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PACCAR Settles $1.7 Million OFAC Penalty For DAF Misstep


The Treasury Department's Office of Foreign Assets Control (OFAC) on Aug. 6 announced a $1.7 million settlement agreement with Bellevue, Wash.-based PACCAR (NASDAQ: PCAR) to settle allegations that the truck maker's European subsidiary illegally engaged in the sale of 63 trucks from Europe to Iran between October 2013 and February 2015.

According to OFAC, DAF Trucks in Eindhoven, the Netherlands, sells trucks through a network of more than 300 independent dealers.

The agency said the U.S. Iranian Transactions and Sanctions Regulations (ITSR) violations specifically involved orders that were received by DAF from dealers in Hamburg (51 trucks) and Frankfurt (two trucks), Germany, and Sofia, Bulgaria (10 trucks). The trucks were then resold to customers in Iran. OFAC noted that the truck sales were valued at about $5.4 million.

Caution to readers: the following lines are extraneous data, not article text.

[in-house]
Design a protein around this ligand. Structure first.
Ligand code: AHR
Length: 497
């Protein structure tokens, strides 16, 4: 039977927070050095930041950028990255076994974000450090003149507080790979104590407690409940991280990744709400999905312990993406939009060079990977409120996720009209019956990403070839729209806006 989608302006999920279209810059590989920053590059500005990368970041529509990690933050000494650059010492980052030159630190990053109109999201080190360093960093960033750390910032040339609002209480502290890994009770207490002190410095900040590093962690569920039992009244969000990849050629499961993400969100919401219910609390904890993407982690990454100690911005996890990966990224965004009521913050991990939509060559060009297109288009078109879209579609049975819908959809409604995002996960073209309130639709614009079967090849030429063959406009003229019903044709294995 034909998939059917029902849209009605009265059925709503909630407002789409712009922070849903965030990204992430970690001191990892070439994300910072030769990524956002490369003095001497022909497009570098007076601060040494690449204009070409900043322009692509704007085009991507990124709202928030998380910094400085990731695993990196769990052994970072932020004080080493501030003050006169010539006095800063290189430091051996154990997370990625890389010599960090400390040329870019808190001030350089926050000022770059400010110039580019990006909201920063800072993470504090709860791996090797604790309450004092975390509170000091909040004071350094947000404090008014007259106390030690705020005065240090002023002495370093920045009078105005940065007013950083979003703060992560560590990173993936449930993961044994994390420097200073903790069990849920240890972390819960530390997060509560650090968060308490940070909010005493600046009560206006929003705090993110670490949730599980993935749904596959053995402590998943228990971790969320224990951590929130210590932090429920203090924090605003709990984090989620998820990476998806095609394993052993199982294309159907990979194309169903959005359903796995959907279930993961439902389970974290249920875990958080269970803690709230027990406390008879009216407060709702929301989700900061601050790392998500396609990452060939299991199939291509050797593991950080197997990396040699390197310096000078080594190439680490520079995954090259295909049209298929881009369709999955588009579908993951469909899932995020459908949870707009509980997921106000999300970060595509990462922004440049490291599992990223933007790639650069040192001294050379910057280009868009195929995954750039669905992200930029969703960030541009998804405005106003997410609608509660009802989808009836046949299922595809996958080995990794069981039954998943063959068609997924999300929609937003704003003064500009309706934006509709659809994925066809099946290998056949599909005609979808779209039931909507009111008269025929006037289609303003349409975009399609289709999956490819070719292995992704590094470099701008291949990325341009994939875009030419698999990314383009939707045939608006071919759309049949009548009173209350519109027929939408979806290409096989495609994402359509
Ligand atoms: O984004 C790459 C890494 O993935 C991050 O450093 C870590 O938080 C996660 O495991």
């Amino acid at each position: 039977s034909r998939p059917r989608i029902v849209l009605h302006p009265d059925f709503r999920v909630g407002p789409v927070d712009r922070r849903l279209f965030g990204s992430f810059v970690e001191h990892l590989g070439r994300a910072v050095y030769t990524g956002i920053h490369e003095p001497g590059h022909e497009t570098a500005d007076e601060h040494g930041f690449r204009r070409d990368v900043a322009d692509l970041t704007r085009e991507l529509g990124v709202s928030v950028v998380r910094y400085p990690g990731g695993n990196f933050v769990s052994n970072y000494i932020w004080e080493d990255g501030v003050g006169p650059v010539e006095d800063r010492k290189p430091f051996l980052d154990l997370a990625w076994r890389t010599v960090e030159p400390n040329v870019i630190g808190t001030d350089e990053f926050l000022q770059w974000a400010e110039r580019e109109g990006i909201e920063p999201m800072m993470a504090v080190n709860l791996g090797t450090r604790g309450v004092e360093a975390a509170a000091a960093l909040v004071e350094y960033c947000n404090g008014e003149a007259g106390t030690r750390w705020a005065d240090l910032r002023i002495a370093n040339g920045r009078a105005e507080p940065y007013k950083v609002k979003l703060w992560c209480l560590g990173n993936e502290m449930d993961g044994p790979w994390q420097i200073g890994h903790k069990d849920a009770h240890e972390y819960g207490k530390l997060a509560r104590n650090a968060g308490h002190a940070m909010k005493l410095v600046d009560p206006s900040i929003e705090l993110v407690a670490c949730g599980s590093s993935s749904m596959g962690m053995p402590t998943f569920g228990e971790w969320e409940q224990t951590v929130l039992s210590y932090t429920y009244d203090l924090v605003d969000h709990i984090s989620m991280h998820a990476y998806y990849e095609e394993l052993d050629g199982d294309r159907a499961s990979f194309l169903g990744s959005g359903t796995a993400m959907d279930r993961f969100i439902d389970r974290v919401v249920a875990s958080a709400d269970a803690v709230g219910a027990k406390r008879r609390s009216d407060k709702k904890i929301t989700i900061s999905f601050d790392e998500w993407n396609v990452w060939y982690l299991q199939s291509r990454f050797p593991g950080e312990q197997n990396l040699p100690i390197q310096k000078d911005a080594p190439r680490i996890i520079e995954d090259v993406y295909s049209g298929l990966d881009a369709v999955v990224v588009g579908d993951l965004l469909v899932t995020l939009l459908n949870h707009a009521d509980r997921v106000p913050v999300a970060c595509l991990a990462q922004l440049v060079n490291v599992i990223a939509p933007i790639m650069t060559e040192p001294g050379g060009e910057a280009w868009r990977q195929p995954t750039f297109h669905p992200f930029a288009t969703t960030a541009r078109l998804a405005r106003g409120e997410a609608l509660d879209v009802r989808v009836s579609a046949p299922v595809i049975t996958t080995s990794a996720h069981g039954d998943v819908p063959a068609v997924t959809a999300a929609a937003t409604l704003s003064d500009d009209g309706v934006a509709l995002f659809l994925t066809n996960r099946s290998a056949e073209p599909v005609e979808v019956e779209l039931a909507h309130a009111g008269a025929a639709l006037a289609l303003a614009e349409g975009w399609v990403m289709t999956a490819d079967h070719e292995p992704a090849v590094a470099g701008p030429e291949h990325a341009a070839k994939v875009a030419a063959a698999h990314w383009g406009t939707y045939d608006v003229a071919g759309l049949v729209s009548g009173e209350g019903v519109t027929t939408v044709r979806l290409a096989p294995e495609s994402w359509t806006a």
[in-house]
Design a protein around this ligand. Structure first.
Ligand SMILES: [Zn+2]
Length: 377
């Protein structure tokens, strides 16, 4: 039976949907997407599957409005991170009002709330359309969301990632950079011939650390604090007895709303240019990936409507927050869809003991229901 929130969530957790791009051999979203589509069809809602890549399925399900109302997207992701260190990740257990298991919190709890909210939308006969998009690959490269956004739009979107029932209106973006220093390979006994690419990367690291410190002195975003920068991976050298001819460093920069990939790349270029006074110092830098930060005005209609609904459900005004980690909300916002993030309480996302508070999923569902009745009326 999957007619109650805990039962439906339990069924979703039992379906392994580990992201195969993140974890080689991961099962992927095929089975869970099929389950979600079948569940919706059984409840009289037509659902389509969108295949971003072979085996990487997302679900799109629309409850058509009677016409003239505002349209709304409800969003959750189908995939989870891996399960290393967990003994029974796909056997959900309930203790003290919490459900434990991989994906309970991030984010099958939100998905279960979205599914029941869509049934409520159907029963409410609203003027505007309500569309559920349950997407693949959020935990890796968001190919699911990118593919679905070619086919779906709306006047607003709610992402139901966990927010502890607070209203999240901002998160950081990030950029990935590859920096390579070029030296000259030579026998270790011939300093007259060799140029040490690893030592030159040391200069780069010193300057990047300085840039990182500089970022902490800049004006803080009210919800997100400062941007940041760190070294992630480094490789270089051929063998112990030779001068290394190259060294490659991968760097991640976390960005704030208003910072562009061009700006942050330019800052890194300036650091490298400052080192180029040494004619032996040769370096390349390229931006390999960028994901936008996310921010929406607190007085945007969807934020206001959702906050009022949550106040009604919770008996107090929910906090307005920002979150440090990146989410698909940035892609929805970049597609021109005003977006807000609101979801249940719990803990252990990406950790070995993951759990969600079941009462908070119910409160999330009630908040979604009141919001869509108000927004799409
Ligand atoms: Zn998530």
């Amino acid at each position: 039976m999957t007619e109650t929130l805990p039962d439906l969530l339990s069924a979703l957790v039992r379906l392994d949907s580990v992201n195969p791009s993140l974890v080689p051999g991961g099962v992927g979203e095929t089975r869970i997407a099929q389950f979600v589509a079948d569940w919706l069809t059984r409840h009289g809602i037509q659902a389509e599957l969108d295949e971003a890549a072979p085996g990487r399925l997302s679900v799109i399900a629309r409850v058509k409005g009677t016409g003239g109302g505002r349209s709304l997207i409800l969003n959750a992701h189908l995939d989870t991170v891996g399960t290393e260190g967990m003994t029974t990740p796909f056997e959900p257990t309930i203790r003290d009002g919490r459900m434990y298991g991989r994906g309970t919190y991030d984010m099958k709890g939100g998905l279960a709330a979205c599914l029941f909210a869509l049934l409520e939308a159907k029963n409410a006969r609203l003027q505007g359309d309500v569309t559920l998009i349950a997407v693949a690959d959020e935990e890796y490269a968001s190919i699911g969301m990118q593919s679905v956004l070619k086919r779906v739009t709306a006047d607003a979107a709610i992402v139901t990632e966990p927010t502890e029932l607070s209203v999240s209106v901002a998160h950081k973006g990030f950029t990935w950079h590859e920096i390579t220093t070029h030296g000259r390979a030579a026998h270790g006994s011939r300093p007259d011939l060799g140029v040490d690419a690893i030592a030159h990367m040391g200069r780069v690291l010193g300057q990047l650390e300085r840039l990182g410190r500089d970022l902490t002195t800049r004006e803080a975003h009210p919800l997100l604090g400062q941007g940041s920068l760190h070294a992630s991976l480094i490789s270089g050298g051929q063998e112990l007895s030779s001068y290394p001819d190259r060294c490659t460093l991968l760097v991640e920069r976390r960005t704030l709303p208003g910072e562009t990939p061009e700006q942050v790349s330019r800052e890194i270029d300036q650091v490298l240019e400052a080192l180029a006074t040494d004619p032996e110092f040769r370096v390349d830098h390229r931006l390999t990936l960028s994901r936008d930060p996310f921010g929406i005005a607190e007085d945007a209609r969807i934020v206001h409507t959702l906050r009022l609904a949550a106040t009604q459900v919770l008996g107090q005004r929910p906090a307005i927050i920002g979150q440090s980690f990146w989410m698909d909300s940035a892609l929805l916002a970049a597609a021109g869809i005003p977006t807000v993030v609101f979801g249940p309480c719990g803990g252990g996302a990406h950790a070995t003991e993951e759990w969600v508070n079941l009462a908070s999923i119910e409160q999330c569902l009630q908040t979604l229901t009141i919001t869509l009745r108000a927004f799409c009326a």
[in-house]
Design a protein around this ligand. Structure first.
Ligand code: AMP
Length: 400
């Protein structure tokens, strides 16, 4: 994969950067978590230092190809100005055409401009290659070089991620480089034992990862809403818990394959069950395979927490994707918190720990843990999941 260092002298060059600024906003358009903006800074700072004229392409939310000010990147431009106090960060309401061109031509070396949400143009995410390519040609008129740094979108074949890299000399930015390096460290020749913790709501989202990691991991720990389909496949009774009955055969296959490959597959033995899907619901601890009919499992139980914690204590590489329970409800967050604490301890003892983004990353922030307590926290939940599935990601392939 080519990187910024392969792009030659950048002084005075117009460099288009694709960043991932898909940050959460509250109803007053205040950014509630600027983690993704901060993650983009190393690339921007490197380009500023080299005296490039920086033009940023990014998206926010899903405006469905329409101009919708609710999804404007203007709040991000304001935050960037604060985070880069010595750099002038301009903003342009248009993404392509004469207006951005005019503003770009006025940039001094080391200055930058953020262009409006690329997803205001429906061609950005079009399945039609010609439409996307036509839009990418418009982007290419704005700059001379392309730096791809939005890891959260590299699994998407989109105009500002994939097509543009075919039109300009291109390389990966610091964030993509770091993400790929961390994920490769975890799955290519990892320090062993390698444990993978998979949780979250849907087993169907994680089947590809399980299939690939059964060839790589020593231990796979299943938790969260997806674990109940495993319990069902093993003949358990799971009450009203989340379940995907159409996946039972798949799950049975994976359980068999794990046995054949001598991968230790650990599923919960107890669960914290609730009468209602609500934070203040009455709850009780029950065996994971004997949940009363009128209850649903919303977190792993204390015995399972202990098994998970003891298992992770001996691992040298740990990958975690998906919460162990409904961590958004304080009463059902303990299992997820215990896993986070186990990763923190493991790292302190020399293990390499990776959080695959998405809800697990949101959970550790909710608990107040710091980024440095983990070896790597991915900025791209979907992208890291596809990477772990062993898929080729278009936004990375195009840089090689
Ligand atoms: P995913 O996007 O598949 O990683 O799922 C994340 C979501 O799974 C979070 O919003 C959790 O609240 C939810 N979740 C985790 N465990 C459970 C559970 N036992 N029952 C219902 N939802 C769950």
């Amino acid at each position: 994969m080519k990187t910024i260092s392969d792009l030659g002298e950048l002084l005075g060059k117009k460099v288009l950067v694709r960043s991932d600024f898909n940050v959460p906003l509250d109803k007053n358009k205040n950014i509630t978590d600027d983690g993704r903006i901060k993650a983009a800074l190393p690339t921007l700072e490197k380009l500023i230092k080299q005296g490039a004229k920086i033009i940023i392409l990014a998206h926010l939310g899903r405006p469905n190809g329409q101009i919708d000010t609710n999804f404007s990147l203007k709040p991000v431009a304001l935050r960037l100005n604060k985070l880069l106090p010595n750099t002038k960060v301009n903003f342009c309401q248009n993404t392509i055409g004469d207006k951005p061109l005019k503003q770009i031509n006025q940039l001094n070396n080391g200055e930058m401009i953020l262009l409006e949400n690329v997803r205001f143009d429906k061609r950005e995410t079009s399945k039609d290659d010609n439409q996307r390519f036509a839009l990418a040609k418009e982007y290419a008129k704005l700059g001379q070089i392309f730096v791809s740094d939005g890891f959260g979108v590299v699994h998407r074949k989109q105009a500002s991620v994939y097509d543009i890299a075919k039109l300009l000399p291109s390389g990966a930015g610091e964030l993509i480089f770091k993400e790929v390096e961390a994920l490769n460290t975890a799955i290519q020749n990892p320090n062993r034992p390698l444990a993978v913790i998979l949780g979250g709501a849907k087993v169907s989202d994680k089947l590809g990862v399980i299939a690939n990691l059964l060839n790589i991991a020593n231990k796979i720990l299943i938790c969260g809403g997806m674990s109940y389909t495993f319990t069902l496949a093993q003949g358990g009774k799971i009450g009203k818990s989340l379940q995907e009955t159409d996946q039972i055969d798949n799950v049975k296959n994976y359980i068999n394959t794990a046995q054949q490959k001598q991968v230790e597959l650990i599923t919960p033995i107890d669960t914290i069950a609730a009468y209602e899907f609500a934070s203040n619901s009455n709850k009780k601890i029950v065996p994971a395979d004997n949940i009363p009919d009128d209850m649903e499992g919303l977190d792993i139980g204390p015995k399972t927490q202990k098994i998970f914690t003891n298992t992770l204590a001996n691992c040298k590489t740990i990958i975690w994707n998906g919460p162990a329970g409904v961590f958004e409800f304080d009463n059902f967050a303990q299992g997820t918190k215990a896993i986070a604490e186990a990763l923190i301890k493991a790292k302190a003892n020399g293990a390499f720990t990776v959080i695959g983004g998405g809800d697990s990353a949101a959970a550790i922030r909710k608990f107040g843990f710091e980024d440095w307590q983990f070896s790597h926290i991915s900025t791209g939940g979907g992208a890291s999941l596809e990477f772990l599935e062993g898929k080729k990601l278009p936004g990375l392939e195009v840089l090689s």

OFAC said PACCAR could have received a base penalty amount of $2.7 million for the alleged violations, but the agency considered a number of mitigating factors in the case, including that PACCAR disclosed the violations and DAF, upon learning of three dealers' activities, launched an investigation, fired the responsible employees and since 2015 mandated in-person and annual compliance training for its headquarters and subsidiary staff.

DAF also established a corporate policy that allows only direct sales agreements to final end customers and banned the resale of new trucks acquired through those agreements unless it approves an exception.

In addition, PACCAR's Dutch truck manufacturer sent certified letters to its dealers reminding them of their obligation to comply with U.S. and other trade sanctions.

OFAC said both PACCAR and DAF cooperated with the investigation, adding that the "apparent violations constitute a non-egregious case."

However, the agency warned this case demonstrates that foreign subsidiaries and their U.S. parent corporations must comply with the U.S. Iranian Transactions and Sanctions Regulations or risk exposure to civil penalties.

Image sourced from Pixabay

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